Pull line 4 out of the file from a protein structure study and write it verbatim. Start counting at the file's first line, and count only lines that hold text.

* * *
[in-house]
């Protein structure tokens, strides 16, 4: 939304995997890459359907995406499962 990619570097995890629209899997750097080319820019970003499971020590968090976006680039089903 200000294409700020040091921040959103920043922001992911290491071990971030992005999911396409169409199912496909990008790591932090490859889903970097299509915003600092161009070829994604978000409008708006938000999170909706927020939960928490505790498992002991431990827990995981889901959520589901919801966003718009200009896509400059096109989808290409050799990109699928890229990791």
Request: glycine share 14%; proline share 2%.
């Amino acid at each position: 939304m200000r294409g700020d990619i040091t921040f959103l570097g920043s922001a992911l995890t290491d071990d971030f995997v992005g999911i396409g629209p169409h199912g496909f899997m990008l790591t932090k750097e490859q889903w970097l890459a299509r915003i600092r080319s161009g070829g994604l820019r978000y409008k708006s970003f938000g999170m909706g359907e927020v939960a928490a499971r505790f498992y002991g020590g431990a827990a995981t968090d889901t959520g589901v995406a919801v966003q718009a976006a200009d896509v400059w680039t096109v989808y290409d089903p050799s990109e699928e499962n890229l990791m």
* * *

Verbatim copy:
């Amino acid at each position: 939304m200000r294409g700020d990619i040091t921040f959103l570097g920043s922001a992911l995890t290491d071990d971030f995997v992005g999911i396409g629209p169409h199912g496909f899997m990008l790591t932090k750097e490859q889903w970097l890459a299509r915003i600092r080319s161009g070829g994604l820019r978000y409008k708006s970003f938000g999170m909706g359907e927020v939960a928490a499971r505790f498992y002991g020590g431990a827990a995981t968090d889901t959520g589901v995406a919801v966003q718009a976006a200009d896509v400059w680039t096109v989808y290409d089903p050799s990109e699928e499962n890229l990791m």